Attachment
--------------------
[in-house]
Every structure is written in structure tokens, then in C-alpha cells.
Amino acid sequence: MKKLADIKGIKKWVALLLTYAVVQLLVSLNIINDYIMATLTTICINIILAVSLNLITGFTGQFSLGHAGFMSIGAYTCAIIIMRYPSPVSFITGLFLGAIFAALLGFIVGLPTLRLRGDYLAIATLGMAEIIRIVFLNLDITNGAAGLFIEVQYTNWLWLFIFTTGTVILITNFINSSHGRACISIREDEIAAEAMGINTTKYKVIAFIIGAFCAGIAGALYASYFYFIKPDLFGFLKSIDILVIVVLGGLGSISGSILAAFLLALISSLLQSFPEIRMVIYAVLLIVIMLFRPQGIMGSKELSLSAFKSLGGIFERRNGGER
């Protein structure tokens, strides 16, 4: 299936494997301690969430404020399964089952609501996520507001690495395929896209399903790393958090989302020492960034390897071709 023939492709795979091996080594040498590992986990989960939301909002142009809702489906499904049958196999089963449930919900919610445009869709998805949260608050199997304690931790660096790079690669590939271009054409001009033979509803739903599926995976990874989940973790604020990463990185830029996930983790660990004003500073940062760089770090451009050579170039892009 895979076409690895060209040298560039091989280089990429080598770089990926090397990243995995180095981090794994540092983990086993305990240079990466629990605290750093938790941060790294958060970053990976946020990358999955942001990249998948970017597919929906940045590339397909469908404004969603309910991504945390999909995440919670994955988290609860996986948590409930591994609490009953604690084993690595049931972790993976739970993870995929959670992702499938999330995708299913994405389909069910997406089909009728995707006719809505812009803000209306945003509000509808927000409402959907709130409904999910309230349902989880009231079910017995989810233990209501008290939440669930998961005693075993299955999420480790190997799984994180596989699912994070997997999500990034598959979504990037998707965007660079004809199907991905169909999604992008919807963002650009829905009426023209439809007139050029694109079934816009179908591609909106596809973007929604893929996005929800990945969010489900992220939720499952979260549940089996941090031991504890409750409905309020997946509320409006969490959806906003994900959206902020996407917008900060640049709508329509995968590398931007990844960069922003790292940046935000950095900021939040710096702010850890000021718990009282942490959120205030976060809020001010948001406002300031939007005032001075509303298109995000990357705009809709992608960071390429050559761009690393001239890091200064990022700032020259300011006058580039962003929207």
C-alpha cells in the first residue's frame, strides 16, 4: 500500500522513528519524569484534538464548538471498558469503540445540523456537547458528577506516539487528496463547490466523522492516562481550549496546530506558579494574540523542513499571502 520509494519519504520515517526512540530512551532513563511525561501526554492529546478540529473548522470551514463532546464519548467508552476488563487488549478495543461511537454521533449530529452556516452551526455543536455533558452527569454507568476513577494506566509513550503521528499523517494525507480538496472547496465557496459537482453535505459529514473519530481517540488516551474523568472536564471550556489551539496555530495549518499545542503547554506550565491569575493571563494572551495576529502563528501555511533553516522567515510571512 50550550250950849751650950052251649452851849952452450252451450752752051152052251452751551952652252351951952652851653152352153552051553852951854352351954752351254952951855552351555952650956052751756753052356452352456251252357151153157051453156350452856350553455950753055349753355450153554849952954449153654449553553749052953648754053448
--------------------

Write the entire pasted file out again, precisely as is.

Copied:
[in-house]
Every structure is written in structure tokens, then in C-alpha cells.
Amino acid sequence: MKKLADIKGIKKWVALLLTYAVVQLLVSLNIINDYIMATLTTICINIILAVSLNLITGFTGQFSLGHAGFMSIGAYTCAIIIMRYPSPVSFITGLFLGAIFAALLGFIVGLPTLRLRGDYLAIATLGMAEIIRIVFLNLDITNGAAGLFIEVQYTNWLWLFIFTTGTVILITNFINSSHGRACISIREDEIAAEAMGINTTKYKVIAFIIGAFCAGIAGALYASYFYFIKPDLFGFLKSIDILVIVVLGGLGSISGSILAAFLLALISSLLQSFPEIRMVIYAVLLIVIMLFRPQGIMGSKELSLSAFKSLGGIFERRNGGER
């Protein structure tokens, strides 16, 4: 299936494997301690969430404020399964089952609501996520507001690495395929896209399903790393958090989302020492960034390897071709 023939492709795979091996080594040498590992986990989960939301909002142009809702489906499904049958196999089963449930919900919610445009869709998805949260608050199997304690931790660096790079690669590939271009054409001009033979509803739903599926995976990874989940973790604020990463990185830029996930983790660990004003500073940062760089770090451009050579170039892009 895979076409690895060209040298560039091989280089990429080598770089990926090397990243995995180095981090794994540092983990086993305990240079990466629990605290750093938790941060790294958060970053990976946020990358999955942001990249998948970017597919929906940045590339397909469908404004969603309910991504945390999909995440919670994955988290609860996986948590409930591994609490009953604690084993690595049931972790993976739970993870995929959670992702499938999330995708299913994405389909069910997406089909009728995707006719809505812009803000209306945003509000509808927000409402959907709130409904999910309230349902989880009231079910017995989810233990209501008290939440669930998961005693075993299955999420480790190997799984994180596989699912994070997997999500990034598959979504990037998707965007660079004809199907991905169909999604992008919807963002650009829905009426023209439809007139050029694109079934816009179908591609909106596809973007929604893929996005929800990945969010489900992220939720499952979260549940089996941090031991504890409750409905309020997946509320409006969490959806906003994900959206902020996407917008900060640049709508329509995968590398931007990844960069922003790292940046935000950095900021939040710096702010850890000021718990009282942490959120205030976060809020001010948001406002300031939007005032001075509303298109995000990357705009809709992608960071390429050559761009690393001239890091200064990022700032020259300011006058580039962003929207």
C-alpha cells in the first residue's frame, strides 16, 4: 500500500522513528519524569484534538464548538471498558469503540445540523456537547458528577506516539487528496463547490466523522492516562481550549496546530506558579494574540523542513499571502 520509494519519504520515517526512540530512551532513563511525561501526554492529546478540529473548522470551514463532546464519548467508552476488563487488549478495543461511537454521533449530529452556516452551526455543536455533558452527569454507568476513577494506566509513550503521528499523517494525507480538496472547496465557496459537482453535505459529514473519530481517540488516551474523568472536564471550556489551539496555530495549518499545542503547554506550565491569575493571563494572551495576529502563528501555511533553516522567515510571512 50550550250950849751650950052251649452851849952452450252451450752752051152052251452751551952652252351951952652851653152352153552051553852951854352351954752351254952951855552351555952650956052751756753052356452352456251252357151153157051453156350452856350553455950753055349753355450153554849952954449153654449553553749052953648754053448